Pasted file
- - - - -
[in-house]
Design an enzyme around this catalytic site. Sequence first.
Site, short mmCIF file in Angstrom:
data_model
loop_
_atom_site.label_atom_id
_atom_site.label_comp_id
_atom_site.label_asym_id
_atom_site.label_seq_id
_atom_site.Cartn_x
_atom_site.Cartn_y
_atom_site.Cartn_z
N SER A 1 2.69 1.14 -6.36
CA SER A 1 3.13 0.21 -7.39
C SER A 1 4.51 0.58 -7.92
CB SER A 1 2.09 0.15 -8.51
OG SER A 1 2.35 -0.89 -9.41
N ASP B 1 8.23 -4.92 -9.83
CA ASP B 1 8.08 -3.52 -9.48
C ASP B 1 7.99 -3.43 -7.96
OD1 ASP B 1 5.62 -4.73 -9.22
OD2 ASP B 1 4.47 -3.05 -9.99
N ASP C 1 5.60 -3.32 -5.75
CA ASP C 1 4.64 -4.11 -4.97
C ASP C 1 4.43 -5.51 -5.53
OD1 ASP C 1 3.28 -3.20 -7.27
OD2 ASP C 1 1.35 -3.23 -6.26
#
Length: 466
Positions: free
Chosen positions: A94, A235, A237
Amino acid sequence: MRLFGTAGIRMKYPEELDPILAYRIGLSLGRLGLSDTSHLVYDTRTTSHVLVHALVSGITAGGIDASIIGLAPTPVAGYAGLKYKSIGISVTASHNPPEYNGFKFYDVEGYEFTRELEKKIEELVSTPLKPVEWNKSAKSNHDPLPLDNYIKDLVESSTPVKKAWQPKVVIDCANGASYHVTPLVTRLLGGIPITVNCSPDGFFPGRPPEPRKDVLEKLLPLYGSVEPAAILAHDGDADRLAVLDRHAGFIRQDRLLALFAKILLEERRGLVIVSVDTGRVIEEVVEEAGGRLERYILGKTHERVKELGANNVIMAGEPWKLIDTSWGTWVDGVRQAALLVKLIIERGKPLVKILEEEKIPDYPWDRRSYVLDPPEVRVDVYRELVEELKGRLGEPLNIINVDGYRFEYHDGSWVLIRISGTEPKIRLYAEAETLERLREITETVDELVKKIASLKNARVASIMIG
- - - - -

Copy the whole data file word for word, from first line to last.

[in-house]
Design an enzyme around this catalytic site. Sequence first.
Site, short mmCIF file in Angstrom:
data_model
loop_
_atom_site.label_atom_id
_atom_site.label_comp_id
_atom_site.label_asym_id
_atom_site.label_seq_id
_atom_site.Cartn_x
_atom_site.Cartn_y
_atom_site.Cartn_z
N SER A 1 2.69 1.14 -6.36
CA SER A 1 3.13 0.21 -7.39
C SER A 1 4.51 0.58 -7.92
CB SER A 1 2.09 0.15 -8.51
OG SER A 1 2.35 -0.89 -9.41
N ASP B 1 8.23 -4.92 -9.83
CA ASP B 1 8.08 -3.52 -9.48
C ASP B 1 7.99 -3.43 -7.96
OD1 ASP B 1 5.62 -4.73 -9.22
OD2 ASP B 1 4.47 -3.05 -9.99
N ASP C 1 5.60 -3.32 -5.75
CA ASP C 1 4.64 -4.11 -4.97
C ASP C 1 4.43 -5.51 -5.53
OD1 ASP C 1 3.28 -3.20 -7.27
OD2 ASP C 1 1.35 -3.23 -6.26
#
Length: 466
Positions: free
Chosen positions: A94, A235, A237
Amino acid sequence: MRLFGTAGIRMKYPEELDPILAYRIGLSLGRLGLSDTSHLVYDTRTTSHVLVHALVSGITAGGIDASIIGLAPTPVAGYAGLKYKSIGISVTASHNPPEYNGFKFYDVEGYEFTRELEKKIEELVSTPLKPVEWNKSAKSNHDPLPLDNYIKDLVESSTPVKKAWQPKVVIDCANGASYHVTPLVTRLLGGIPITVNCSPDGFFPGRPPEPRKDVLEKLLPLYGSVEPAAILAHDGDADRLAVLDRHAGFIRQDRLLALFAKILLEERRGLVIVSVDTGRVIEEVVEEAGGRLERYILGKTHERVKELGANNVIMAGEPWKLIDTSWGTWVDGVRQAALLVKLIIERGKPLVKILEEEKIPDYPWDRRSYVLDPPEVRVDVYRELVEELKGRLGEPLNIINVDGYRFEYHDGSWVLIRISGTEPKIRLYAEAETLERLREITETVDELVKKIASLKNARVASIMIG